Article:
According to another aspect of the present invention, there is provided a fluid distributor particularly useful in the novel buoyancy control device. Such fluid distributor comprises a housing having an inlet port connectible to a source of pressurized fluid, a venting port leading to the atmosphere, and a plurality of outlet ports. The housing includes a surface formed with a groove communicating with all the ports. A flexible membrane overlies the latter surface and has an inner face facing the groove, and an outer face facing away from the groove. A valve member is movable over the outer face of the membrane to press the membrane into the groove such as to effect communication between the inlet and venting ports with respect to selected outlet ports.

Further features and advantages of the invention will be apparent from the description below.

BRIEF DESCRIPTION OF THE DRAWINGS

The invention is herein described, by way of example only, with reference to the accompanying drawings, wherein:

FIG. 1 illustrates one form of buoyancy control device constructed in accordance with the present invention, the figure being partly broken away to show internal structure;

FIG. 2 is a sectional view illustrating one of the inflatable members in the buoyancy control device of FIG. 1 in the inflated condition of the member;

FIG. 3 illustrates the inflatable member of FIG. 2 in its deflated condition;

FIG. 4 is a sectional view illustrating the fluid distributor in the buoyancy control device of FIG. 1;

FIG. 5 is an exploded view illustrating the main elements of the fluid distributor of FIG. 4; and

FIG. 6 is a plan view illustrating the main housing section in the fluid distributor of FIGS. 4 and 5.

DESCRIPTION OF PREFERRED EMBODIMENTS

The buoyancy control device illustrated in FIG. 1 is in the form of a jacket, more particularly a sleeveless vest generally designated 2, to be worn by the diver. The illustrated vest 2 incorporates a plurality of inflatable members 4 in both the front side 2a and the rear side 2b of the vest. In FIG. 1, the inflatable members 4 extend in the vertical direction in the front side 2a, and in the horizontal direction in the rear side 2b, but this is shown merely for purposes of example.

The buoyancy control device illustrated in FIG. 1 further includes a tank 6 of compressed air. Tank 6 is adapted to be worn by the diver by means of a harness or in any other suitable manner. The compressed air tank 6 is connected by an air line 8 and a pressure reducer 10 to a fluid distributor 12 which selects the inflatable member or members to be inflated by the air within tank 6. Pressure reducer 10 reduces the high pressure of the compressed gas within tank 6 sufficient to inflate the inflatable members 4 and to maintain that pressure. Each of the inflatable members 4 includes a connecting tube 14 connected to fluid distributor 12. A selector knob 16 of the fluid distributor may be manually rotated to a selected position to connect selected ones of the inflatable member tubes 14 either to the air line 8 to inflate the respective inflatable member, or to an external vent in order to deflate the respective inflatable member.

The illustrated buoyancy control device 2 further includes a mouthpiece 18 connected by air line 20 to the compressed air tank 6 to provide the diver with air for breathing purposes.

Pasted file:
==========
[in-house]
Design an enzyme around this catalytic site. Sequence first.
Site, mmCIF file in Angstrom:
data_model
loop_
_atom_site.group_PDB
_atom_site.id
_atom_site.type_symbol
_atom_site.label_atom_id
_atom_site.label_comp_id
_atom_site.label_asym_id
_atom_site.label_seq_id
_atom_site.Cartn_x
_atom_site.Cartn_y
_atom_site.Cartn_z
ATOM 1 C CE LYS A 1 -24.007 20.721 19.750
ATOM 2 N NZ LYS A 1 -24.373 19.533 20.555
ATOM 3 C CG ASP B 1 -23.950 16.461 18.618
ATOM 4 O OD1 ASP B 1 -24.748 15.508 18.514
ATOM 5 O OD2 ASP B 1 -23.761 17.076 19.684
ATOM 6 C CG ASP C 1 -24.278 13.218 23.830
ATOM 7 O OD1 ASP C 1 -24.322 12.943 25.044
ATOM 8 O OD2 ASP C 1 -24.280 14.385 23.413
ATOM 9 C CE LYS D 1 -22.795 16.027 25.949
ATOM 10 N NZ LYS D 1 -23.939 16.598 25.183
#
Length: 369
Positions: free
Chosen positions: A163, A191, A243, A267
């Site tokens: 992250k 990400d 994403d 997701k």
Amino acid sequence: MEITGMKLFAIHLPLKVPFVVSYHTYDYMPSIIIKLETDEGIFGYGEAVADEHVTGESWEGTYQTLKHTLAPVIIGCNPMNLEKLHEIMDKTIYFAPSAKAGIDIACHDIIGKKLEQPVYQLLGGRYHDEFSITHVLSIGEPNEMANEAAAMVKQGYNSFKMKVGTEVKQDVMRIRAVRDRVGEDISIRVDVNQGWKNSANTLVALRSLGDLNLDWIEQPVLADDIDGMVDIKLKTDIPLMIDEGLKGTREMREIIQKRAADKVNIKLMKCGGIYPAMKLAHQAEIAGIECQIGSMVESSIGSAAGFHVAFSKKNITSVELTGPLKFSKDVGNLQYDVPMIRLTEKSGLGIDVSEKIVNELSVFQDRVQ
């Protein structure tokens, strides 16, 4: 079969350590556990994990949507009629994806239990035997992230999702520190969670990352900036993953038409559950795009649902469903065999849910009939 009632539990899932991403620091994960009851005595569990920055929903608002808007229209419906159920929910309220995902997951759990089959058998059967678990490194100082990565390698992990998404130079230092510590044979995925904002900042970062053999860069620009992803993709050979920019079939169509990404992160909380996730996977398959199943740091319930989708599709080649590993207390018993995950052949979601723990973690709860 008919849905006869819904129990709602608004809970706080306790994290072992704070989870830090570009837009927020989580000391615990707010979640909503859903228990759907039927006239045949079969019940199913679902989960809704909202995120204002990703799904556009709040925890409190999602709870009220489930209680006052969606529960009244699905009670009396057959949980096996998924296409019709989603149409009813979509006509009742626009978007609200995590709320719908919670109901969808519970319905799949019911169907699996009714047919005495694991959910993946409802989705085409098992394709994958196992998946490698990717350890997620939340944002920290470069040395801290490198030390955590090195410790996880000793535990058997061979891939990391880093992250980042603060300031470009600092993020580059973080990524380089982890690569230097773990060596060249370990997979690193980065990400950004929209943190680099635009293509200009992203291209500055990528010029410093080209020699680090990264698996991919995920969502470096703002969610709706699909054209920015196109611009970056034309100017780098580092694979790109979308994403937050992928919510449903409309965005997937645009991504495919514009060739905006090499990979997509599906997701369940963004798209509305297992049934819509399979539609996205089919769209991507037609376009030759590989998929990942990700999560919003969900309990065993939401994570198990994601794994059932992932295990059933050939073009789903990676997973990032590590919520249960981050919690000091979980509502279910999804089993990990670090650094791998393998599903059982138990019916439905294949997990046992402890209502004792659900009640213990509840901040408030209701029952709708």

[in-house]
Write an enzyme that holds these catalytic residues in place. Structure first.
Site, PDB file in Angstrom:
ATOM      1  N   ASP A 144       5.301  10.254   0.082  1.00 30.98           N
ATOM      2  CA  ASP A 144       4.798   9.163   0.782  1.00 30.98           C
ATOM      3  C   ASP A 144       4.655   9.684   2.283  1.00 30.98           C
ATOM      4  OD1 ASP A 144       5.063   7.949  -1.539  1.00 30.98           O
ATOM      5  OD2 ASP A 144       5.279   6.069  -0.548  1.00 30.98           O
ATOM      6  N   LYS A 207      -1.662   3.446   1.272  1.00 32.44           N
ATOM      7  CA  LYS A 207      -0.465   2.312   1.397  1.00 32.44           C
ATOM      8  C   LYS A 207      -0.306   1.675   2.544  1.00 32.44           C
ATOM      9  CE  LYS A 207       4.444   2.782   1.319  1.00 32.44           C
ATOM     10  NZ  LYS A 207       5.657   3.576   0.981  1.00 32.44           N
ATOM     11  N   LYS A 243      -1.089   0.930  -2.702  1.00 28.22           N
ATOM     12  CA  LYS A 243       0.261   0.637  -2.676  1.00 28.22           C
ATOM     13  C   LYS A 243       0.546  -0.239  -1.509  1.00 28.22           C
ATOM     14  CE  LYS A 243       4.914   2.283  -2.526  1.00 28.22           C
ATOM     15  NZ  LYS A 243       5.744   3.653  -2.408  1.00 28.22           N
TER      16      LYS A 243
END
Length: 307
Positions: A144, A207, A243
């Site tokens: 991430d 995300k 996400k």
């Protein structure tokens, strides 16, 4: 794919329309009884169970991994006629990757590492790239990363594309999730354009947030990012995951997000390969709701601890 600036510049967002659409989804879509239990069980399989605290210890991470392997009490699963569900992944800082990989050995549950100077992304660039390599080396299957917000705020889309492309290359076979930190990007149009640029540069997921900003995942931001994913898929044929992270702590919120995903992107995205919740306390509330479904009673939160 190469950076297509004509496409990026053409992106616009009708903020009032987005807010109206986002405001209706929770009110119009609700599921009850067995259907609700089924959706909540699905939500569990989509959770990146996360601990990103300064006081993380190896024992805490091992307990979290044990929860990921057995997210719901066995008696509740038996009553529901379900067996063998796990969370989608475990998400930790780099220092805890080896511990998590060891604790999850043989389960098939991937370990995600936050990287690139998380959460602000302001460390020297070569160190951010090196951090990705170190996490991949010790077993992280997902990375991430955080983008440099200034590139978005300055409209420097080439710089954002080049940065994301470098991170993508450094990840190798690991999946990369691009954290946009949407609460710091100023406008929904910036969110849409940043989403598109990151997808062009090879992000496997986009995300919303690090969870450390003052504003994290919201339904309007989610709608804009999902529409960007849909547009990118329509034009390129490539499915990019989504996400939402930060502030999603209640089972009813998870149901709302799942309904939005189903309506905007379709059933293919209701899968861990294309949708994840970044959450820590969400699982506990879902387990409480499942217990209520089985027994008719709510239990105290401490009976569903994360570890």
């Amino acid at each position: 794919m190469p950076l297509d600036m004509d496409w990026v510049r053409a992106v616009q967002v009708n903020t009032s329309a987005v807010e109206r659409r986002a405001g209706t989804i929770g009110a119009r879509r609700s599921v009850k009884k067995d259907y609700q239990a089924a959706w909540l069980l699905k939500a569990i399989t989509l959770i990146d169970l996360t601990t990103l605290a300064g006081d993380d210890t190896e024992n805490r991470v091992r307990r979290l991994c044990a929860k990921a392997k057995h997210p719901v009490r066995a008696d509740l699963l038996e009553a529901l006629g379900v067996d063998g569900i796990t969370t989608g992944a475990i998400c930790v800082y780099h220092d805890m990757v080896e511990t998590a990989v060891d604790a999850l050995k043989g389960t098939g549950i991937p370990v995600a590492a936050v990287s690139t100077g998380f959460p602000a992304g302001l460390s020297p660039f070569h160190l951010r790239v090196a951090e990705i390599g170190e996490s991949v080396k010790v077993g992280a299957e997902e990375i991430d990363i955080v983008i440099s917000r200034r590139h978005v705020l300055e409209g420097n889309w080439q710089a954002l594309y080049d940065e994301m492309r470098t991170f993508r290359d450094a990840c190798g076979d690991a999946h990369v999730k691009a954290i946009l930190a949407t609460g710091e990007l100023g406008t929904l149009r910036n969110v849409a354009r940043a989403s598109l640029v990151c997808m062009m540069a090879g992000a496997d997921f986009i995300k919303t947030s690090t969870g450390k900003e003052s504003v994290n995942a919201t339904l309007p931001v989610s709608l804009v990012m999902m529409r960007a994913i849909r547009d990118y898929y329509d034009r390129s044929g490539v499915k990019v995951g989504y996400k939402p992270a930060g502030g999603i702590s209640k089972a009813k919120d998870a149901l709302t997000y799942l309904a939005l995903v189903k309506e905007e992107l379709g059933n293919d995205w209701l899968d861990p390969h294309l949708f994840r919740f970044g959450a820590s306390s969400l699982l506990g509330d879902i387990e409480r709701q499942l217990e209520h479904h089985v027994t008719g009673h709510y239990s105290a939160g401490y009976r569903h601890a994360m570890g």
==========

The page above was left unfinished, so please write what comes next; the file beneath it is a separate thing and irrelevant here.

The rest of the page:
The construction of the inflatable members 4 is more particularly illustrated in FIGS. 2 and 3. Each inflatable member 4 includes an inflatable tube 20 of rubber or other elastomeric material, and an outer jacket 22 of a non-stretchable material, such as a flexible fabric. The base 20a of each inflatable tube 20 is somewhat flattened and thickened, as compared to the remainder 20b of the inflatable tube. Base 20a is at the inner face of the vest so as to be located next to the diver's body when wearing the jacket.

FIG. 2 illustrates the inflated condition of an inflatable member 4, wherein it will be seen that its tube 20 is inflated to a maximum volume as determined by the outer non-stretchable jacket 22. FIG. 3 illustrates the non-inflated condition of a member 4, wherein it will be seen that its tube 20 occupies a minimum volume because of the external pressure exerted on it by the water.

Thus, as shown in FIGS. 2 and 3, each inflatable member 4 may be either in its fully-inflated condition occupying a maximum volume as shown in FIG. 2, or in its non-inflated condition occupying a minimum volume as shown in FIG. 3. The selection of either of the above conditions of the inflatable members is made manually by the diver by controlling the fluid distributor 12 as will be described below.

Instead of using a non-stretchable outer covering 22 for limiting the maximum volume of the buoyancy member when fully inflated, this may also be done by including, in the inflatable tube 20, a material which is either stretchable up to a maximum limit or which otherwise limits the stretchability of the inflatable tube 20 (e.g., by the inclusion of non-stretchable threads) so that it assumes a maximum volume when inflated. In such case, outer covering 22 could be omitted.

The fluid distributor 12 is more particularly illustrated in FIGS. 4-6. It includes a housing 30 having a fixed housing section 31 and a rotatable housing section 32 rotatable by knob 16 about axis 33 of the fixed housing section. A membrane 34 of elastomeric material is clamped to the fixed housing section 31 by a clamping plate 35 receiving a plurality of threaded fasteners 36 passing through holes 37 formed in the fixed housing section 31.

Rotatable knob 16 is formed with a cavity receiving the rotatable housing section 32. The latter section and its rotatable knob 16 are assembled to the fixed housing section 31 by a central stem 38 passing through central openings formed in rotatable knob 16, the rotatable housing section 32, and the fixed housing section 31. The inner end of stem 38 is fixed by a fastener 39 to a valve member 40. The outer end of stem 38 terminates in an enlarged head 41.